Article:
flexible

adjective
flex·​i·​ble | \ ˈflek-sə-bəl How to pronounce flexible (audio) \

Definition of flexible

1 : capable of being flexed : pliant flexible branches swaying in the breeze
2 : yielding to influence : tractable a flexible person without strong convictions
3 : characterized by a ready capability to adapt to new, different, or changing requirements a flexible foreign policy a flexible schedule

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Other Words from flexible

flexibility \ ˌflek-​sə-​ˈbi-​lə-​tē How to pronounce flexibility (audio) \ noun
flexibly \ ˈflek-​sə-​blē How to pronounce flexibly (audio) \ adverb

Choose the Right Synonym for flexible

elastic, resilient, springy, flexible, supple mean able to endure strain without being permanently injured. elastic implies the property of resisting deformation by stretching. an elastic waistband resilient implies the ability to recover shape quickly when the deforming force or pressure is removed. a resilient innersole springy stresses both the ease with which something yields to pressure and the quickness of its return to original shape. the cake is done when the top is springy flexible applies to something which may or may not be resilient or elastic but which can be bent or folded without breaking. flexible plastic tubing supple applies to something that can be readily bent, twisted, or folded without any sign of injury. supple leather

Examples of flexible in a Sentence

flexible branches swaying in the breeze a material that is both strong and flexible She's been doing exercises to become stronger and more flexible. Our schedule for the weekend is very flexible. This computer program has to be flexible to meet all our needs. Whatever you want to do is fine with me. I'm flexible.
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Recent Examples on the Web Based on a historical figure, Limber is at once ensnared in and exiled from history, flexible as his name yet still unyielding; his eye takes in a divided and static past, which, these sonnets suggest, may be too much with us. Susan B. Glasser, The New Yorker, "Jim Limber in Heaven," 22 Nov. 2019 With this essential piece also comes a flexible price point. Nandi Howard, Essence, "15 Warm And Fuzzy Cardigans That You Need This Season," 22 Nov. 2019 Add to that an array of coatings that improve solar cell efficiency and the advent of thinner, more flexible solar panels and the future of energy is looking decidedly sunny. Jason Daley, Smithsonian, "Tiny, Sunlight-Following Polymer ‘Sunflowers’ Could Boost the Efficiency of Solar Panels," 7 Nov. 2019 Being a goose for a while is diverting and surprising, and embodying one in a simulated, pastoral environment speaks to the flexible power of games as a medium. Ian Bogost, The Atlantic, "Video Games Are Better Without Game-Play," 22 Oct. 2019 The master is the main bedroom, while a pair of loft spaces on the west end serve as open, flexible living areas that can accommodate overnight guests. Boston.com Real Estate, "Vacation home goes green in the White Mountains," 16 Oct. 2019 The application appealed to her because of its flexible hours during a period of transition. Lauren Kaori Gurley, The New Republic, "California Looks to Give Gig Workers Their Due," 24 July 2019 Our work lives and personal lives are merging more and more, especially as many of us work 6 days a week with flexible hours. Liz Bentley, Marie Claire, "My Boss Follows Me on Instagram — What Do I Do?," 1 Apr. 2019 For example, minority and low-income voters may not have the means of transportation or flexible work hours to obtain a specific voter ID, or may rely more on early voting opportunities to cast a ballot. German Lopez, Vox, "The Florida voter fraud allegations, explained," 12 Nov. 2018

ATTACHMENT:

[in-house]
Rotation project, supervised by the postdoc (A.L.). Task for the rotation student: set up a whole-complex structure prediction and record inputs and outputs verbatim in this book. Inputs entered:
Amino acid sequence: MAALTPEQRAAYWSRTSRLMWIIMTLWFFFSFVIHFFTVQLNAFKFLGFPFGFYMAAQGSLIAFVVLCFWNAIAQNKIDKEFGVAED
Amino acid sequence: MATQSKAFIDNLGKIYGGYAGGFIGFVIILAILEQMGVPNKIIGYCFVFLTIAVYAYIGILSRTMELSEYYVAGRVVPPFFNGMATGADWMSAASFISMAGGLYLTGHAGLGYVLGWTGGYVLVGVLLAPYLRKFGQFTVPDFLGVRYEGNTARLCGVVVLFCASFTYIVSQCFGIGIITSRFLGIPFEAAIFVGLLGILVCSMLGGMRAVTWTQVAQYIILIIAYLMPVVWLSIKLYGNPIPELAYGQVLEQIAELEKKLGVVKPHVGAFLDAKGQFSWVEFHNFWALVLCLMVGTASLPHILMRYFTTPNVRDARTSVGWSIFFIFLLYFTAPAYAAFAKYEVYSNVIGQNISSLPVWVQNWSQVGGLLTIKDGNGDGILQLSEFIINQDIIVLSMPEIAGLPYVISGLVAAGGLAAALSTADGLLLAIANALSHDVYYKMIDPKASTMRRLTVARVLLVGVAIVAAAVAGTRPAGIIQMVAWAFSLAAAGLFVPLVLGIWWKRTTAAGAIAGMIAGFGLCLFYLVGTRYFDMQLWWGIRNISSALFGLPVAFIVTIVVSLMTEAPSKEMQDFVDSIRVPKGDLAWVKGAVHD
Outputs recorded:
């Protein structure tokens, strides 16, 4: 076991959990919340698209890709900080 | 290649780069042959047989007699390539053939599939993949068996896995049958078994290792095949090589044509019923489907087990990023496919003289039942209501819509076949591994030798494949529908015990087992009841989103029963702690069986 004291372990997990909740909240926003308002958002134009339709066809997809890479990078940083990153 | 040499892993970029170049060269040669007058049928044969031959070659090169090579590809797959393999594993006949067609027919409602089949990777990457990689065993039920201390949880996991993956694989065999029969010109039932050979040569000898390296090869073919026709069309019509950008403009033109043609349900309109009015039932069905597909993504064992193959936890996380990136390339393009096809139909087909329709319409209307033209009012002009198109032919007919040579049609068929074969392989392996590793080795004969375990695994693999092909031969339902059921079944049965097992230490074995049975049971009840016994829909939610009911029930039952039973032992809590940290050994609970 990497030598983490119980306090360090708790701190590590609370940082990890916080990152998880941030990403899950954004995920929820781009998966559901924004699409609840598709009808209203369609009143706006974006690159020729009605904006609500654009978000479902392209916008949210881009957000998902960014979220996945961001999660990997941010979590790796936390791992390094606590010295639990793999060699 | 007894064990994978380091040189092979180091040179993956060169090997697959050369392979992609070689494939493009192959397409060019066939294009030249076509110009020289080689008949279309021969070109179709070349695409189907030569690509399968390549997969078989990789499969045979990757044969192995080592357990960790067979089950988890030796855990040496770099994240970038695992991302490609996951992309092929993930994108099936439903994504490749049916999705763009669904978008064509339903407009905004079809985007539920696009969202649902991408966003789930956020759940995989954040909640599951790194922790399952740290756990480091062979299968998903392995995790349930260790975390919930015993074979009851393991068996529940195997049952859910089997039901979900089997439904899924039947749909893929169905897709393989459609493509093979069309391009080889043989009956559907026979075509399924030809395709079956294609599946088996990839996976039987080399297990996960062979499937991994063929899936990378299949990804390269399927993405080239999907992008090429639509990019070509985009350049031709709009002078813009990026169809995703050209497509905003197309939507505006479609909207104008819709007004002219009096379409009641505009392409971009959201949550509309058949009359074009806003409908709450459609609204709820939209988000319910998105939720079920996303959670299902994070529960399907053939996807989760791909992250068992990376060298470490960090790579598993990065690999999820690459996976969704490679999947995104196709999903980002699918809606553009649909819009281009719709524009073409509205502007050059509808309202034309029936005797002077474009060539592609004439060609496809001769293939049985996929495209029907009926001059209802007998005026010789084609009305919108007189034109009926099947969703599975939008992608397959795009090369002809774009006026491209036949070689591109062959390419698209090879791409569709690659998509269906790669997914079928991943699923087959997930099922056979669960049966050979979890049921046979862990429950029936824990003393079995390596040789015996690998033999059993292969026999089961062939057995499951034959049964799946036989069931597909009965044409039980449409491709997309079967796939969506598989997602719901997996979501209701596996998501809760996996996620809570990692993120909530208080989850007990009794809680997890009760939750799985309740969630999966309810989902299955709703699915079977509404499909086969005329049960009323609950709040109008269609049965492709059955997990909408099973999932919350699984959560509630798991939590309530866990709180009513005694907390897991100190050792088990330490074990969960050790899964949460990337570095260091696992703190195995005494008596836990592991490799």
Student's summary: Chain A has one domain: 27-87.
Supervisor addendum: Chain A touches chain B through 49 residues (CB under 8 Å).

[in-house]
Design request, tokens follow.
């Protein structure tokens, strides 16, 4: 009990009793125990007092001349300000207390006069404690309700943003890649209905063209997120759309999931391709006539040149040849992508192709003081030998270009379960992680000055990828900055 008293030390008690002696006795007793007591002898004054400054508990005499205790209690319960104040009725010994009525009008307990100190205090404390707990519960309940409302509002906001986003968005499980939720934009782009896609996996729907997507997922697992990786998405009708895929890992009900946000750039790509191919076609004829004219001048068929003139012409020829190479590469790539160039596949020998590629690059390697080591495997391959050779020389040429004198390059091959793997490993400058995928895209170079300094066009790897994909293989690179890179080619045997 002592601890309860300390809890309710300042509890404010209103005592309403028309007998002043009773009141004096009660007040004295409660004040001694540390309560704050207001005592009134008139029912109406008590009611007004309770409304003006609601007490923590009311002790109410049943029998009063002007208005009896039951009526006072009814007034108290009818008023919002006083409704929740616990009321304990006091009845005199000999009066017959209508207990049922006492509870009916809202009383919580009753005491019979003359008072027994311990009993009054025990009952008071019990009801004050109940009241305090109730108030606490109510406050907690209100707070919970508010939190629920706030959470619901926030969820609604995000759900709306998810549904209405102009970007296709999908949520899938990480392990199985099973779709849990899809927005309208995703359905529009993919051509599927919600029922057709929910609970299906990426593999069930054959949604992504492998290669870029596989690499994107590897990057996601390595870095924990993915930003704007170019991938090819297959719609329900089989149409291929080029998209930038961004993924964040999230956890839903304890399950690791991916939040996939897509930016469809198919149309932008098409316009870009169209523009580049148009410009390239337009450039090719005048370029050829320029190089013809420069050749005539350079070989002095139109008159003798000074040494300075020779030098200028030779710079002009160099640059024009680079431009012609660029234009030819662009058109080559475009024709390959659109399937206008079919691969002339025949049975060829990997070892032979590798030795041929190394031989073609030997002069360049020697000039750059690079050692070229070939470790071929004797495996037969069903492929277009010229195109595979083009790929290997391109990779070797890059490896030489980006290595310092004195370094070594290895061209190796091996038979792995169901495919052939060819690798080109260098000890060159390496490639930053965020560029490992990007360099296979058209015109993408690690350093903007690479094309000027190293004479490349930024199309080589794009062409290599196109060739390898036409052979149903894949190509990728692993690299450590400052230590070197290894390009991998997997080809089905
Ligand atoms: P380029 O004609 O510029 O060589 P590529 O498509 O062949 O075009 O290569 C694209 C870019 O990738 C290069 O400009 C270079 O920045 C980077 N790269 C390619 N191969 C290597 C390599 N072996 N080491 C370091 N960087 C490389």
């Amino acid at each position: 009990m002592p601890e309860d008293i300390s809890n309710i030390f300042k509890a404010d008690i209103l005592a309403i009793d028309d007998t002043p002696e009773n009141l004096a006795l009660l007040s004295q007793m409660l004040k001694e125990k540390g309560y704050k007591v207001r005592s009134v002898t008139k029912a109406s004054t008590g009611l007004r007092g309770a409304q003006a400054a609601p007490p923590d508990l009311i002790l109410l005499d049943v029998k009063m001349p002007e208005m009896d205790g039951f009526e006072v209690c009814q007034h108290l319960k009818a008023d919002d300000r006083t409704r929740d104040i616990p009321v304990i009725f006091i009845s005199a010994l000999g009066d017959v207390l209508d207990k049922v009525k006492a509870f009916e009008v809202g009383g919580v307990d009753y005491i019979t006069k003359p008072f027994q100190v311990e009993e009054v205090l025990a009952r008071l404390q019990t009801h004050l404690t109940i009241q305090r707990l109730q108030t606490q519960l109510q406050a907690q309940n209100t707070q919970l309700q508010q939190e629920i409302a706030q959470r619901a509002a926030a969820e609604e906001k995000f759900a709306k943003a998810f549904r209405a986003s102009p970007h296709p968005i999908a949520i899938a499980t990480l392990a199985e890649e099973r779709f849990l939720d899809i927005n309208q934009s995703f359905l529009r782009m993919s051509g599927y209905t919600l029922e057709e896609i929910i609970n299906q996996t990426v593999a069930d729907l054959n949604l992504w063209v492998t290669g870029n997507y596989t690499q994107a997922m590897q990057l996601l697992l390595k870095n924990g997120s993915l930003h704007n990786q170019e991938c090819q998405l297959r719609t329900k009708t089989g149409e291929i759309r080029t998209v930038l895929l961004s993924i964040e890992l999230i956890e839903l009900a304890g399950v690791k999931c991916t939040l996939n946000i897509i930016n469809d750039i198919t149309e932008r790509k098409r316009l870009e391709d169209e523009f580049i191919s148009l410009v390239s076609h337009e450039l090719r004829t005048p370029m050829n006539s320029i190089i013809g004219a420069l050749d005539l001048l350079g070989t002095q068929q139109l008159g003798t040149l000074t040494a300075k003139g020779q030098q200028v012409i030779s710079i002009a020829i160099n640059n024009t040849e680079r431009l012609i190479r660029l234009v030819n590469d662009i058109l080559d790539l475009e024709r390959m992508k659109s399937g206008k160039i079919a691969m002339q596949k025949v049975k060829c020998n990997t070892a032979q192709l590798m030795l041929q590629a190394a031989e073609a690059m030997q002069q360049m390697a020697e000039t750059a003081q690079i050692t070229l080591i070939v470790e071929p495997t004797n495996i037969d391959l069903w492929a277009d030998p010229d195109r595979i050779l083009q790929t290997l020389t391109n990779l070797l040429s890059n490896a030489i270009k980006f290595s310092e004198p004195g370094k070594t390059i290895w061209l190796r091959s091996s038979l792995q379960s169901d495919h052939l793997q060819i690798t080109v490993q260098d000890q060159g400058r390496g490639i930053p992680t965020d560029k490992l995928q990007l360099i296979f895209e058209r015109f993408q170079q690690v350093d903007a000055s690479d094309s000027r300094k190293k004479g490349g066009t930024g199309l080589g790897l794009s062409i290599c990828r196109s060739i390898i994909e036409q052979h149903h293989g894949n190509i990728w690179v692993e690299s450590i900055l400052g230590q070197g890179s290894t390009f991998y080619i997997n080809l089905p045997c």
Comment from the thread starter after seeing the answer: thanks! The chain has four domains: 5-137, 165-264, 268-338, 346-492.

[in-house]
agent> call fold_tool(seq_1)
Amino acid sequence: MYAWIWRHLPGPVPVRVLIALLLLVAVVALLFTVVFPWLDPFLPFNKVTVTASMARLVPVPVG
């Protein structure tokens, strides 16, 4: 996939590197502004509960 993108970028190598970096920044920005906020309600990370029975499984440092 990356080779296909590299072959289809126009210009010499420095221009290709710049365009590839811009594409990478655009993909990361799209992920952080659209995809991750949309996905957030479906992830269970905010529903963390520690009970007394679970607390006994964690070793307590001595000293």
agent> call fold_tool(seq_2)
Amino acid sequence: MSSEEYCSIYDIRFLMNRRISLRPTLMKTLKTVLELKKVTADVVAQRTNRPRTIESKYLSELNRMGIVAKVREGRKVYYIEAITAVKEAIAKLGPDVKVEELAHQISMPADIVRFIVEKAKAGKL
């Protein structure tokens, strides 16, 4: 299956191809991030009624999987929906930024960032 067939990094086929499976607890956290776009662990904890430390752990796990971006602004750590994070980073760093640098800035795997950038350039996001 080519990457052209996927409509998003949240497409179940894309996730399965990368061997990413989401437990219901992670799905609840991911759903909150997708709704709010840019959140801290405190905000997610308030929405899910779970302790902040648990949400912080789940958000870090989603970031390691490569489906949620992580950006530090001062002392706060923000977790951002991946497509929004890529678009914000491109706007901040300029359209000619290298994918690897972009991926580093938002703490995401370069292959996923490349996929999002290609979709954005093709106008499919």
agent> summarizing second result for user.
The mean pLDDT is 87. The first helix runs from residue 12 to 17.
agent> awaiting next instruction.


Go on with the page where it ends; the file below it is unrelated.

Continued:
These example sentences are selected automatically from various online news sources to reflect current usage of the word 'flexible.' Views expressed in the examples do not represent the opinion of Merriam-Webster or its editors. Send us feedback.

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First Known Use of flexible

15th century, in the meaning defined at sense 1

History and Etymology for flexible

Middle English, borrowed from Latin flexibilis, from flexus (past participle of flectere "to cause to go in a different direction, bend, curve," of uncertain origin) + -ibilis -ible

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Learn More about flexible

Time Traveler for flexible

Time Traveler

The first known use of flexible was in the 15th century

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Statistics for flexible

Last Updated

2 Dec 2019

Cite this Entry

“Flexible.” The Merriam-Webster.com Dictionary, Merriam-Webster Inc., https://www.merriam-webster.com/dictionary/flexible. Accessed 7 December 2019.

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More Definitions for flexible

flexible

adjective
How to pronounce flexible (audio)

English Language Learners Definition of flexible

: capable of bending or being bent
: easily changed : able to change or to do different things
: willing to change or to try different things

flexible

adjective
flex·​i·​ble | \ ˈflek-sə-bəl How to pronounce flexible (audio) \

Kids Definition of flexible

1 : possible or easy to bend flexible plastic
2 : easily changed a flexible schedule

flexible

adjective
flex·​i·​ble | \ ˈflek-sə-bəl How to pronounce flexible (audio) \

Medical Definition of flexible

: capable of being flexed : capable of being turned, bowed, or twisted without breaking flexible bandages a flexible fiber-optic bronchoscope

Other Words from flexible

flexibility \ ˌflek-​sə-​ˈbil-​ət-​ē How to pronounce flexibility (audio) \ noun, plural flexibilities

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Comments on flexible

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